bitcoin hoy precio www.survivalprep.net Intrigue. Conspiracy. Machinations. Cabal. Plot. What comes to mind when you read these words?
The reign of Queen Elizabeth I, perhaps, when extreme religious tension fuelled rebellions at home and threatened invasion from foreign powers.
One wrong move and it was a stretch in the Tower if you were lucky, or off with your head if you weren’t, with some hardcore torture thrown in beforehand, just for laughs.
If ancient times are more your jam, then maybe you’re thinking of the notorious Year of the Four Emperors, which kicked off in 69 AD in Rome and did pretty much what it says on the tin.
Bloody assassinations in the imperial palace, treachery, deception, large-scale warfare; it had it all.
At the end of it, three emperors lay dead and one of history’s greatest badasses, Vespasian, began the task of restoring order and stability to the empire. What a guy.
If your thoughts lean to the more contemporary, it could be that you’re recalling with resigned weariness the last few years of UK politics, with its myriad power struggles, absurd characters, betrayals, lies, incompetence and blunders.
I’d advise not dwelling on this too much, though. I wouldn’t want to be responsible for helping drive anyone towards strong drink, especially if you’re reading this?over your breakfast.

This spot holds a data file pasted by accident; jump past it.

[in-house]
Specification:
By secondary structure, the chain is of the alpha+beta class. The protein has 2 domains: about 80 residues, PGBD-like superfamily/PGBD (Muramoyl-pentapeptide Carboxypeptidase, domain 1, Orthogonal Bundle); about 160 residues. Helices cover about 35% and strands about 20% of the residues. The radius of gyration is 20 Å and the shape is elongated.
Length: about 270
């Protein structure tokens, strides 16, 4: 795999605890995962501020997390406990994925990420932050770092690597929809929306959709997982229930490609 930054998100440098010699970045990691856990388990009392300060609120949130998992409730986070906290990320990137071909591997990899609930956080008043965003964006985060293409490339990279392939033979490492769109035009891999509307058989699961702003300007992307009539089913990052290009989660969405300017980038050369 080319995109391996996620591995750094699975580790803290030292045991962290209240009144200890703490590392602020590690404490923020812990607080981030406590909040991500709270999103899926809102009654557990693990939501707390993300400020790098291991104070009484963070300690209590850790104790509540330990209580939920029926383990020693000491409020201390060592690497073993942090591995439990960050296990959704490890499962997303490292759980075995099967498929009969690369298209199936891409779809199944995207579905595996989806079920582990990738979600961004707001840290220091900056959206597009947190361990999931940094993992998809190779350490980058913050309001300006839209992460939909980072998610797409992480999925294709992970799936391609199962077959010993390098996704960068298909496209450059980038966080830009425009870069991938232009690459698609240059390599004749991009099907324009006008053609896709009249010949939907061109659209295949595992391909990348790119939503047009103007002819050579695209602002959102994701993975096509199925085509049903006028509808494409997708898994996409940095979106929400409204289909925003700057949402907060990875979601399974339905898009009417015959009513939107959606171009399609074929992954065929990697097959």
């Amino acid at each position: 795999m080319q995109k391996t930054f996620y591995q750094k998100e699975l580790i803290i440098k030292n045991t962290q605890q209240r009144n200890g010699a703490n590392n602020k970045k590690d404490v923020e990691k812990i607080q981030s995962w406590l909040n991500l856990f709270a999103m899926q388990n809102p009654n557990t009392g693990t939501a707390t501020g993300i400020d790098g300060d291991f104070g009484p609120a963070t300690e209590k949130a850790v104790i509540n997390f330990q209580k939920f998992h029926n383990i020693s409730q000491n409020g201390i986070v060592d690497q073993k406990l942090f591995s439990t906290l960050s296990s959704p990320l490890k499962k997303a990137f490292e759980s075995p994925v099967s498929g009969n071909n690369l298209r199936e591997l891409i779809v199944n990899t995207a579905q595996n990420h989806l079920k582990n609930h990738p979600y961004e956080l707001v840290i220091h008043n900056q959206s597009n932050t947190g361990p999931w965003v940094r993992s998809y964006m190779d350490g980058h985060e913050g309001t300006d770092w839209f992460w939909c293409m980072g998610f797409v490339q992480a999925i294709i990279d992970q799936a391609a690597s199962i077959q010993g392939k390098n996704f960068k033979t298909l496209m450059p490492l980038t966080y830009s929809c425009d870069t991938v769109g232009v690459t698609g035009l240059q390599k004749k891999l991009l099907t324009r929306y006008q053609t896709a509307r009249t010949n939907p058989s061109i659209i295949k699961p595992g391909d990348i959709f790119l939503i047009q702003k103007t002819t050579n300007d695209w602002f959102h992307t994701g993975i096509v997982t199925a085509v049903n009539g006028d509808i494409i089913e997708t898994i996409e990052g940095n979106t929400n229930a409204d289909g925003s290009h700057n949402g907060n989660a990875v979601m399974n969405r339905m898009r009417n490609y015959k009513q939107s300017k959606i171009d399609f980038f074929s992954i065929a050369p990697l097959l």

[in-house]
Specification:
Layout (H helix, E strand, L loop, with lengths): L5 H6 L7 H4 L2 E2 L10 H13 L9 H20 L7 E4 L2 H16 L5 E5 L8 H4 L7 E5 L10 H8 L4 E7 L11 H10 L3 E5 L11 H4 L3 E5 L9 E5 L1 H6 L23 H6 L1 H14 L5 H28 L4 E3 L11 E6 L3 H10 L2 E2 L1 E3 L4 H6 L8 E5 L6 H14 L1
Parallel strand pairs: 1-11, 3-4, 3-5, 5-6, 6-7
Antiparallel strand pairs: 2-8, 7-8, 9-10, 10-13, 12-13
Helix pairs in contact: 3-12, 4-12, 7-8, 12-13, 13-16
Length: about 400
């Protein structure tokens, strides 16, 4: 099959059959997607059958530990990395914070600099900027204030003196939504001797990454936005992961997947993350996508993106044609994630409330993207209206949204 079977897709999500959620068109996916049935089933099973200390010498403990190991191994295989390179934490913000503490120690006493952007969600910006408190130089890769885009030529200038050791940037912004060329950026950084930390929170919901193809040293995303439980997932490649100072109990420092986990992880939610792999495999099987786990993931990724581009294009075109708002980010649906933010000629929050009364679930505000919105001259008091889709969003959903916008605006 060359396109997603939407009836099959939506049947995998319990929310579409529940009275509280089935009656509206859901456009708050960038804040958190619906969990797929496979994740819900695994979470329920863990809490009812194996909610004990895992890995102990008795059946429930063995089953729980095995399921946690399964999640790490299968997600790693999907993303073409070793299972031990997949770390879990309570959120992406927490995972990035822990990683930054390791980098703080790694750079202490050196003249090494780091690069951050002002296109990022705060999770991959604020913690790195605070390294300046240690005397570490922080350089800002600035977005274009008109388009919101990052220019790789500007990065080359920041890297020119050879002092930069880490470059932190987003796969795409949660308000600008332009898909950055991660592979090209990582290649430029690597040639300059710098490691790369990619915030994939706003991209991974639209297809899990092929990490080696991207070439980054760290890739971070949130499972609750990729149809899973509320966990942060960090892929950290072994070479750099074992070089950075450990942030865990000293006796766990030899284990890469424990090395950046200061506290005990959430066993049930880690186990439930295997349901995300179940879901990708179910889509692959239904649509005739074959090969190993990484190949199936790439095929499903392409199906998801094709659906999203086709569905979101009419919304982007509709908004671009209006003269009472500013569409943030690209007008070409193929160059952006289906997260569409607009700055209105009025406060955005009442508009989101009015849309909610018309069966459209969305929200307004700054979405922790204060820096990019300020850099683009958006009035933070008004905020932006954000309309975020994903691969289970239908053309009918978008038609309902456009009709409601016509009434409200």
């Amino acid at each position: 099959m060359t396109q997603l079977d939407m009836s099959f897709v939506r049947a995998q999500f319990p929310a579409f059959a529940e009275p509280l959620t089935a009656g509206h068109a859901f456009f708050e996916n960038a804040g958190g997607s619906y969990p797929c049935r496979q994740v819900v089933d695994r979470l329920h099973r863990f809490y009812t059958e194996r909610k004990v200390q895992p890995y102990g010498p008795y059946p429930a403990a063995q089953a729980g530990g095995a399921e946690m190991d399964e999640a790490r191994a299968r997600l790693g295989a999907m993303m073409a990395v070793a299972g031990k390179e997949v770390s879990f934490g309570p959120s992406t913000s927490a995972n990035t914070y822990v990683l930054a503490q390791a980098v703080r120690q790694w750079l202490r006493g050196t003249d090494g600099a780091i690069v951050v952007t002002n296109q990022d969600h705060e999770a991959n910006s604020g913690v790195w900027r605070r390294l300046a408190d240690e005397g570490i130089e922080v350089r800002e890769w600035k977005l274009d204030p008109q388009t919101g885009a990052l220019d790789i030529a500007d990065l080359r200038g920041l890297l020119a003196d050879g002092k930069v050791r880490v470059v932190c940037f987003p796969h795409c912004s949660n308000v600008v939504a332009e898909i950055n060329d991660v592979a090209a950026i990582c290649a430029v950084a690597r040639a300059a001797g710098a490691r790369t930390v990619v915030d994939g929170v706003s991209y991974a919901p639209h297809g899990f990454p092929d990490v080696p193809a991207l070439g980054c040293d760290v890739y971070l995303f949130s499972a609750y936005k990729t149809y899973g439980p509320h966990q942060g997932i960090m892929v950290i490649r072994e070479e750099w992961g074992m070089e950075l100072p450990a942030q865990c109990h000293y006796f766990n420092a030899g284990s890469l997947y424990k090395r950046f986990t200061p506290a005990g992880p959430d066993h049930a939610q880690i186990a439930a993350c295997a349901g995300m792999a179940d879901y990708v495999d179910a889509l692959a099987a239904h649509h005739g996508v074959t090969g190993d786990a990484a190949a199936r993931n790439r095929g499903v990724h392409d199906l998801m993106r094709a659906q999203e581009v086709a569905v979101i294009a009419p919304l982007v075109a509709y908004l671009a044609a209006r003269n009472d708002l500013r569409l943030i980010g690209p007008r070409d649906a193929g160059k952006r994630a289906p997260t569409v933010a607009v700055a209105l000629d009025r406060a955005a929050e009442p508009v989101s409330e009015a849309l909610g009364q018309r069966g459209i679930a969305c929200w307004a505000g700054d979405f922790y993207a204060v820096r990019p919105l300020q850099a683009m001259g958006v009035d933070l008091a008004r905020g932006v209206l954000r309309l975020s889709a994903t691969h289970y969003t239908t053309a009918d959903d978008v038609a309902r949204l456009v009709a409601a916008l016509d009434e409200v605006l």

But even these extraordinary times and events pale into insignificance next to what I’m about to describe to you. Brace yourselves. You’ve been warned. Yes, it’s our local produce show.
On the face of things, these shows are a quintessential part of British rural life.
Think The Vicar of Dibley and Downton Abbey, a pleasant throwback to a bygone age when life was a bit gentler and society had the time and inclination for such bucolic pastimes as competitive marrow growing.
At least, that’s what we thought last year when we excitedly entered a few of our vegetables into some of the various categories at our local edition; how touchingly naive we were.
First, we lowered the average age of the competitors by about 40 years, and I suspect this made them angry in the first place.
But then, the present Mrs Evans had the nerve to unexpectedly win several awards, including the overall prize for best produce.?
By doing so, she loosened the Women’s Institute’s previous death-grip on the trophies and unwittingly creating bitter and lifelong enemies.
If looks could kill…
You think the Mafia is fearsome? You want to feel the death-stare of retired religious education teacher Mrs Jones from number 33 as a local gentry type hands you the red certificate and ￡2.50 prize money for the best array of tomatoes.
Coupled with the reluctant polite applause, it’s enough to make your blood run cold.
This year there was a target on our backs the size of a prize-winning swede as we took our various efforts into the crowded room.
I’d tried in vain to persuade headstrong daughter number 2 not to enter the adults’ sponge-cake category, knowing full well that just attempting it could endanger our lives, but she wouldn’t listen.
In fact, I’d pleaded with them not to go at all. “Leave it.” I said. “It’s just not worth it.”
But of course they ignored me, going on to win first prize for best courgette, highly commended in the “best jewellery made of vegetables” category, and the much-coveted trophy for the best-presented half-dozen eggs.
If there’s no column next week, you’ll know what happened – the WI got me.